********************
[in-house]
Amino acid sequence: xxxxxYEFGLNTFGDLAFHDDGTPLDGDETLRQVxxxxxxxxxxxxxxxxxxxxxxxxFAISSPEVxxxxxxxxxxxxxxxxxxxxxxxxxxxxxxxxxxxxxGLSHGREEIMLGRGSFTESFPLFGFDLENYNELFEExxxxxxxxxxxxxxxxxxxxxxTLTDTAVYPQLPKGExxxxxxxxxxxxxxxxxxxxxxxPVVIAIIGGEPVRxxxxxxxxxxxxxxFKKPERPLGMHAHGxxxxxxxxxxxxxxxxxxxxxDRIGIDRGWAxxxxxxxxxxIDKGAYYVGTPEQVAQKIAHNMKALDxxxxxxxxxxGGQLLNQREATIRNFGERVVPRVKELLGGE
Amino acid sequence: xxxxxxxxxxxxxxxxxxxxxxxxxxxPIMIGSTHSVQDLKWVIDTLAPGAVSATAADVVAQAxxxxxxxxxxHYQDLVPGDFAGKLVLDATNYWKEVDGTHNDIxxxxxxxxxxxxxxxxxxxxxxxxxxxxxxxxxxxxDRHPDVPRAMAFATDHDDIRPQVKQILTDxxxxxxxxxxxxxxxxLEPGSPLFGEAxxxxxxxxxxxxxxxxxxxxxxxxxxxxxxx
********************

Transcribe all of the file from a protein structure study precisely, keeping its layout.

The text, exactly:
[in-house]
Amino acid sequence: xxxxxYEFGLNTFGDLAFHDDGTPLDGDETLRQVxxxxxxxxxxxxxxxxxxxxxxxxFAISSPEVxxxxxxxxxxxxxxxxxxxxxxxxxxxxxxxxxxxxxGLSHGREEIMLGRGSFTESFPLFGFDLENYNELFEExxxxxxxxxxxxxxxxxxxxxxTLTDTAVYPQLPKGExxxxxxxxxxxxxxxxxxxxxxxPVVIAIIGGEPVRxxxxxxxxxxxxxxFKKPERPLGMHAHGxxxxxxxxxxxxxxxxxxxxxDRIGIDRGWAxxxxxxxxxxIDKGAYYVGTPEQVAQKIAHNMKALDxxxxxxxxxxGGQLLNQREATIRNFGERVVPRVKELLGGE
Amino acid sequence: xxxxxxxxxxxxxxxxxxxxxxxxxxxPIMIGSTHSVQDLKWVIDTLAPGAVSATAADVVAQAxxxxxxxxxxHYQDLVPGDFAGKLVLDATNYWKEVDGTHNDIxxxxxxxxxxxxxxxxxxxxxxxxxxxxxxxxxxxxDRHPDVPRAMAFATDHDDIRPQVKQILTDxxxxxxxxxxxxxxxxLEPGSPLFGEAxxxxxxxxxxxxxxxxxxxxxxxxxxxxxxx